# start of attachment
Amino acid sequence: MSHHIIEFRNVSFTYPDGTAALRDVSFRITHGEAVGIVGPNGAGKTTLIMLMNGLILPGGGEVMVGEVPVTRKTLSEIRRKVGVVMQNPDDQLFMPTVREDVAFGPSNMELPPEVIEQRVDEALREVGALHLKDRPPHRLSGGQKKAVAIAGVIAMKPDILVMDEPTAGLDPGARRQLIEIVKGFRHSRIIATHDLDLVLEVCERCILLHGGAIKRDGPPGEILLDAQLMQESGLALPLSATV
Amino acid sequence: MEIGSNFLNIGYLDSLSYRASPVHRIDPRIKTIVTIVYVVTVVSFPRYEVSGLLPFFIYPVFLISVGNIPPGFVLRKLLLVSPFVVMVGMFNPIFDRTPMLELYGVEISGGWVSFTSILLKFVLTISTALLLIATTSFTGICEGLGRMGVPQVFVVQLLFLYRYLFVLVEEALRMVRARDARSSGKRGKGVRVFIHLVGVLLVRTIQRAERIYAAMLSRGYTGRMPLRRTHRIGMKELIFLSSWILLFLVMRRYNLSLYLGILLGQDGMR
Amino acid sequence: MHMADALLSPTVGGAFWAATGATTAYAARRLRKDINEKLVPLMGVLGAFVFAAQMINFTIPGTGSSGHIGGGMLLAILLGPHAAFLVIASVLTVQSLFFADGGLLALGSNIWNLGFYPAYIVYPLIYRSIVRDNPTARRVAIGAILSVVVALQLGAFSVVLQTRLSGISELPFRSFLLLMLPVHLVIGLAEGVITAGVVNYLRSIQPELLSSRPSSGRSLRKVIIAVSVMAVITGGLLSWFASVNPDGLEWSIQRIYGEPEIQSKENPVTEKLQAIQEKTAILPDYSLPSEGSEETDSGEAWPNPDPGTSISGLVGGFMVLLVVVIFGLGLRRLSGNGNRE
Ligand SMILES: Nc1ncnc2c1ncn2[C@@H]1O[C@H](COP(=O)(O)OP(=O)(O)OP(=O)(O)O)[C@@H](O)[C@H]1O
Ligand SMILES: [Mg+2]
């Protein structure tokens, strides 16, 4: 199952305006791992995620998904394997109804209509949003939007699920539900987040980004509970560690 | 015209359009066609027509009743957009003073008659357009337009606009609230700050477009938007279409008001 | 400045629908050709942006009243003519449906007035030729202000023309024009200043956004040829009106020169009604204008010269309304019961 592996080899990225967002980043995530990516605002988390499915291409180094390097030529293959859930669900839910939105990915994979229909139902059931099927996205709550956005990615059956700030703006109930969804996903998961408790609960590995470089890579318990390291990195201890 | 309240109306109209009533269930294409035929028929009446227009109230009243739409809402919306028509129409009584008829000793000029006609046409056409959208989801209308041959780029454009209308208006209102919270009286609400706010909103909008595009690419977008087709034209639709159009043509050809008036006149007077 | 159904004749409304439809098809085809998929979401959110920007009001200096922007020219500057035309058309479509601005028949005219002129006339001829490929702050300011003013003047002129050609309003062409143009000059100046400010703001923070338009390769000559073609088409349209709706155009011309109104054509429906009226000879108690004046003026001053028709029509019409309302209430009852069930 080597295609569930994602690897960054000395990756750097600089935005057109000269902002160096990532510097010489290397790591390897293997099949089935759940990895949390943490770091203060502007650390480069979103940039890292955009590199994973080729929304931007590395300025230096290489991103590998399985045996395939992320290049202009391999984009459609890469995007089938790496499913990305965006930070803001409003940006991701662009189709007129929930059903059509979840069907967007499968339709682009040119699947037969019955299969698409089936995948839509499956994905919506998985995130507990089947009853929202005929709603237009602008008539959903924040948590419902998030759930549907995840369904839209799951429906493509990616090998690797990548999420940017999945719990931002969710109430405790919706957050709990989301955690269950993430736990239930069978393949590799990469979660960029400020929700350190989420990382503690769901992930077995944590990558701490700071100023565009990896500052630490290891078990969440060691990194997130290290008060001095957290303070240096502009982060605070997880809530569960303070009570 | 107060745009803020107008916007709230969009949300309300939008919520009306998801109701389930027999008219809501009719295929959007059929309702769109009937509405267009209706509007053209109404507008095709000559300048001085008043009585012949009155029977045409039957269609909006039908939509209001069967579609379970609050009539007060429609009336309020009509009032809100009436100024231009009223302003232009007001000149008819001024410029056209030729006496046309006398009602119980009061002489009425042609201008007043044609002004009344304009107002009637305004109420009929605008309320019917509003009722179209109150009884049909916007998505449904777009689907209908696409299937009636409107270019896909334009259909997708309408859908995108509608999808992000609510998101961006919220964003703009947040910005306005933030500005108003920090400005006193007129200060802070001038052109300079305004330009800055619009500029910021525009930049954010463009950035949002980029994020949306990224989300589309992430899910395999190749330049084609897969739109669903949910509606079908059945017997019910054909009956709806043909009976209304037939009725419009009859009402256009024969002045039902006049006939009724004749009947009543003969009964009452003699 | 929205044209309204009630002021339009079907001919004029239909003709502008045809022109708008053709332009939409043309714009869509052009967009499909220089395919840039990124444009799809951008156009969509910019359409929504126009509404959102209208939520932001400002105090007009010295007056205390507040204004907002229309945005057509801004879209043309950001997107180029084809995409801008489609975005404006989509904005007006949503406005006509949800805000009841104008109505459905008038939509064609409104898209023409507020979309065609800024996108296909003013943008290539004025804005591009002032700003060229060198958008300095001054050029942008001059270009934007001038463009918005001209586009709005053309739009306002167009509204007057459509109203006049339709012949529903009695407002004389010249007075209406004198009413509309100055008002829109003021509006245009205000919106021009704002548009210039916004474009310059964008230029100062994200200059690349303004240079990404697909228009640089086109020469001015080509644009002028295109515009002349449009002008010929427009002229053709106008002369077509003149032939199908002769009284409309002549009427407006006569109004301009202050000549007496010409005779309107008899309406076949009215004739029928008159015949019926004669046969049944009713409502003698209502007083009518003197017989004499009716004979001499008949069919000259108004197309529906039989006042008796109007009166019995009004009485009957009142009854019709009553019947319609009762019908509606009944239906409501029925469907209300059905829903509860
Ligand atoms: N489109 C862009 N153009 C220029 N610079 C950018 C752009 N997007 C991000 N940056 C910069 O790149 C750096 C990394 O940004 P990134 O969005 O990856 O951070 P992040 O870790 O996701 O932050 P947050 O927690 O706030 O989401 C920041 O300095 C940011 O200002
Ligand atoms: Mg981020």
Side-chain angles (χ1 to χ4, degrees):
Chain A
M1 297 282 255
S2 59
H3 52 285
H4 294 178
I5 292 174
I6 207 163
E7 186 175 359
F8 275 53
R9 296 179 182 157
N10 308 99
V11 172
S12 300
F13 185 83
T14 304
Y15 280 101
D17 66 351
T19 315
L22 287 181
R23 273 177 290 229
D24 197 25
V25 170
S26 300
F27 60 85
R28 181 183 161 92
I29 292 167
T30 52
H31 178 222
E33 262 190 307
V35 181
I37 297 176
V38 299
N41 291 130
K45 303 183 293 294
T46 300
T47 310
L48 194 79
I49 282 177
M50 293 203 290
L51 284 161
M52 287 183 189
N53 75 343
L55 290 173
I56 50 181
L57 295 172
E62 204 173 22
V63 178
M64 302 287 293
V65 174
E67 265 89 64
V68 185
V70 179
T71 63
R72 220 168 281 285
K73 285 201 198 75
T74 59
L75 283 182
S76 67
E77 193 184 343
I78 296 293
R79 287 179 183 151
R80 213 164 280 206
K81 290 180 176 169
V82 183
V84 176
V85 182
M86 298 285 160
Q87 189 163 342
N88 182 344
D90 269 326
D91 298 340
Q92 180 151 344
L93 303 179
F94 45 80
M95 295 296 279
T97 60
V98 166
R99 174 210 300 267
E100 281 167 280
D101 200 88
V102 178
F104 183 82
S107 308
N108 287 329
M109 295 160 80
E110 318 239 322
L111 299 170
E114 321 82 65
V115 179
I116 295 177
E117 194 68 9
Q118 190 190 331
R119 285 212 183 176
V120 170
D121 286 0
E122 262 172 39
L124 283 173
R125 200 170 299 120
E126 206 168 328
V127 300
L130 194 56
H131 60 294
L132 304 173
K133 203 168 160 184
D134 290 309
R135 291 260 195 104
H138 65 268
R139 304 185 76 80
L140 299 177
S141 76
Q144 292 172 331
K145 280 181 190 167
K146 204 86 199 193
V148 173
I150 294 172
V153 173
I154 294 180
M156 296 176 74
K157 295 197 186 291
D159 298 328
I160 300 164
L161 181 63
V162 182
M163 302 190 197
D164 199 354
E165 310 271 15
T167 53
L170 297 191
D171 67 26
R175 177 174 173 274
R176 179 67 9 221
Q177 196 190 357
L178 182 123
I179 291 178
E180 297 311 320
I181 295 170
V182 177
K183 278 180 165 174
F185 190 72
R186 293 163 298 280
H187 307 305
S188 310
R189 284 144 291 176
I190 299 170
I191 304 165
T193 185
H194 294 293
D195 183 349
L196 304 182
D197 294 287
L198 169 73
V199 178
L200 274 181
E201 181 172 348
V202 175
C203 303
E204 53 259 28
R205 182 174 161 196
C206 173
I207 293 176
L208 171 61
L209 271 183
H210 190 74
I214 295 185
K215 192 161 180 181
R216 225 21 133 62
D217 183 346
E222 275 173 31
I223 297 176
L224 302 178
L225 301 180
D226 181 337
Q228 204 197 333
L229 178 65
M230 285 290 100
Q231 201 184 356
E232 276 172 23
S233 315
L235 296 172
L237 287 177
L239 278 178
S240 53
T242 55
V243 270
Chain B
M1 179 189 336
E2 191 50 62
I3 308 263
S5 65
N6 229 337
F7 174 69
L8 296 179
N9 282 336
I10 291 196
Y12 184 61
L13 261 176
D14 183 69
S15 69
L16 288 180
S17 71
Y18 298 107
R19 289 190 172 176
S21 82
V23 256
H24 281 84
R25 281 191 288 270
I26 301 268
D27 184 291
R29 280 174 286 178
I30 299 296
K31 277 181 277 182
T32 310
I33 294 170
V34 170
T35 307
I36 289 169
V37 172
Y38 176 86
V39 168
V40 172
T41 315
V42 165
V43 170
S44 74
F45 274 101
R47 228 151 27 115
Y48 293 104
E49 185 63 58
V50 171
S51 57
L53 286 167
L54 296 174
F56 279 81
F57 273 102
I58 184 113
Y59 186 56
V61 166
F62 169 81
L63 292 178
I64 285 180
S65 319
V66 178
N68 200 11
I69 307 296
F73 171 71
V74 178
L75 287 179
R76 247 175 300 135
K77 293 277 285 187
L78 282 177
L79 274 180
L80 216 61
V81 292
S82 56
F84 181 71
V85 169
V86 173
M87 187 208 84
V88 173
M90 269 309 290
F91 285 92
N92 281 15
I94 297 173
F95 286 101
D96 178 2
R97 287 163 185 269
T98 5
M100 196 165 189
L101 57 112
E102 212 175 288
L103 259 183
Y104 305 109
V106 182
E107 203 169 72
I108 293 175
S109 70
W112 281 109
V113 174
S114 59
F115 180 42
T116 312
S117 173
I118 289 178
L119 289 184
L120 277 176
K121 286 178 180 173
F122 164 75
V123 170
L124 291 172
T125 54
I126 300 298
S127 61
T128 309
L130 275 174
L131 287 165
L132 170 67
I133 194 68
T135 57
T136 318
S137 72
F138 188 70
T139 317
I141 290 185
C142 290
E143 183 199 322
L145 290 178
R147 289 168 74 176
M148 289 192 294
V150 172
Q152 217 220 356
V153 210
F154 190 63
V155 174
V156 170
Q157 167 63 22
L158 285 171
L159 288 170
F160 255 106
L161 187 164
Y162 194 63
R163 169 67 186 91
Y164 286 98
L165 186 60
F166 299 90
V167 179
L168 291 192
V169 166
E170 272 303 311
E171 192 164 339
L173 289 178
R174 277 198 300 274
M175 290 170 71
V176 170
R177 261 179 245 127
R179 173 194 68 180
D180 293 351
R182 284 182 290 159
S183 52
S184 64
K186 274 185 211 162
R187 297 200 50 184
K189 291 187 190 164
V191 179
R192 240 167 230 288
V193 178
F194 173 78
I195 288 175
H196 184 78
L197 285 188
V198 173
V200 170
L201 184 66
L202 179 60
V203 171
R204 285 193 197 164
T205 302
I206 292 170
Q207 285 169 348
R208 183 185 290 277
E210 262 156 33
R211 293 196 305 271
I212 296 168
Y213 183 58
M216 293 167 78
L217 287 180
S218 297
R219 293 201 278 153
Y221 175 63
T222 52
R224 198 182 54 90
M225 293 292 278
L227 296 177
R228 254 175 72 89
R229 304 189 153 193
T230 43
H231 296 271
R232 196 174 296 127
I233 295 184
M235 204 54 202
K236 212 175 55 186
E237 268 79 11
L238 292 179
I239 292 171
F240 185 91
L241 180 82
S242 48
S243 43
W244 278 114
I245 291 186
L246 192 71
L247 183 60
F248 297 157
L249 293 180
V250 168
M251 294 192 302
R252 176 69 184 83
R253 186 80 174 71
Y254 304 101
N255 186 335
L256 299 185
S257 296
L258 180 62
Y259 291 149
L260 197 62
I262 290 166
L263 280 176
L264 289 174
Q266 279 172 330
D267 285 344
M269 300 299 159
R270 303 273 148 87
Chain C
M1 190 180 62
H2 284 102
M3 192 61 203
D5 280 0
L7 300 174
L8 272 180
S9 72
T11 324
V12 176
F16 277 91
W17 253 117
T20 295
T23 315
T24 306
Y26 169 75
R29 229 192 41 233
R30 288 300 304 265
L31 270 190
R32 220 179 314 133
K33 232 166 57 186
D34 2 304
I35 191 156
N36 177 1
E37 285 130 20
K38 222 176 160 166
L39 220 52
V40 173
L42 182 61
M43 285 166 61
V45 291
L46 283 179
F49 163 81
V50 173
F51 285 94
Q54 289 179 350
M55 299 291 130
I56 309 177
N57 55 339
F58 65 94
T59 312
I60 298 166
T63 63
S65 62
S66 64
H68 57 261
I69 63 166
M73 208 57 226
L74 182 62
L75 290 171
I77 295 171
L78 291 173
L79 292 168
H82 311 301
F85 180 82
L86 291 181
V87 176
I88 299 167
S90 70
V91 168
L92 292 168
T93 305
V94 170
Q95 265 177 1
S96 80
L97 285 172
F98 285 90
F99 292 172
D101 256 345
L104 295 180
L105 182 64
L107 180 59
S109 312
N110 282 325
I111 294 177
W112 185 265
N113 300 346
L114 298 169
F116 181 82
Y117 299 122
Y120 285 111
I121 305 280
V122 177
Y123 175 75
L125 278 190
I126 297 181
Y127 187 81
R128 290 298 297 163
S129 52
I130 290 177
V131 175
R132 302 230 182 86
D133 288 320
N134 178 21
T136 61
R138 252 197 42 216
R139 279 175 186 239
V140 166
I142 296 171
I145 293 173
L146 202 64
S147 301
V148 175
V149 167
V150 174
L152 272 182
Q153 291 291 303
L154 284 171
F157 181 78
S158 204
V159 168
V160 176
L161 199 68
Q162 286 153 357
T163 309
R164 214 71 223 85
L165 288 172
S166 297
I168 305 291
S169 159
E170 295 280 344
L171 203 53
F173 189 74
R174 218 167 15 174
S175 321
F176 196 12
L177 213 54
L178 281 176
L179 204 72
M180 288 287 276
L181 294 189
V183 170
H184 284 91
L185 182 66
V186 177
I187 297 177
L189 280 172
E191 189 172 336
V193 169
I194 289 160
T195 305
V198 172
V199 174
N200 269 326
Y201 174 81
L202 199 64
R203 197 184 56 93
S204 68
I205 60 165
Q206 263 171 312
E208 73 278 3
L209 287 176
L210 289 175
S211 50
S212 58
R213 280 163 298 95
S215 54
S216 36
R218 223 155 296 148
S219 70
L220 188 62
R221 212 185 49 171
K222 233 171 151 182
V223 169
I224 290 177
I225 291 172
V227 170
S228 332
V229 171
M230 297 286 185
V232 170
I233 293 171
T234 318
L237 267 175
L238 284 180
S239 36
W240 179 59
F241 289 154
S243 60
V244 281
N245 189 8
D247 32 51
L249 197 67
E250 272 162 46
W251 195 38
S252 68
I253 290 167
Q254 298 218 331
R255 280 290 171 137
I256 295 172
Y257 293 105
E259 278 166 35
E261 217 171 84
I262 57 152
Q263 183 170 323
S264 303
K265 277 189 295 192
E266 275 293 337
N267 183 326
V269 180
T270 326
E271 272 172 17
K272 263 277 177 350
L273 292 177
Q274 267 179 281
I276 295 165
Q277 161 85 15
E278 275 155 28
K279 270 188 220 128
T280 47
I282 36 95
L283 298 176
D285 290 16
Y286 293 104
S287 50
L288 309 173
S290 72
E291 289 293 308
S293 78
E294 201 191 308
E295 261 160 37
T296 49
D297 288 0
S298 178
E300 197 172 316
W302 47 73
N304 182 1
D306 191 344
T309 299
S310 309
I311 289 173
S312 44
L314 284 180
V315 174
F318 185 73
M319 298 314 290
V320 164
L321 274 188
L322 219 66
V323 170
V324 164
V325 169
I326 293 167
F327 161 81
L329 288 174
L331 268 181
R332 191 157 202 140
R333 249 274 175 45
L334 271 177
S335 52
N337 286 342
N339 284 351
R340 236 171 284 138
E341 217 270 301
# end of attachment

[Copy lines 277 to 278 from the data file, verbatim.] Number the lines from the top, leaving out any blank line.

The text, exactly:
M100 196 165 189
L101 57 112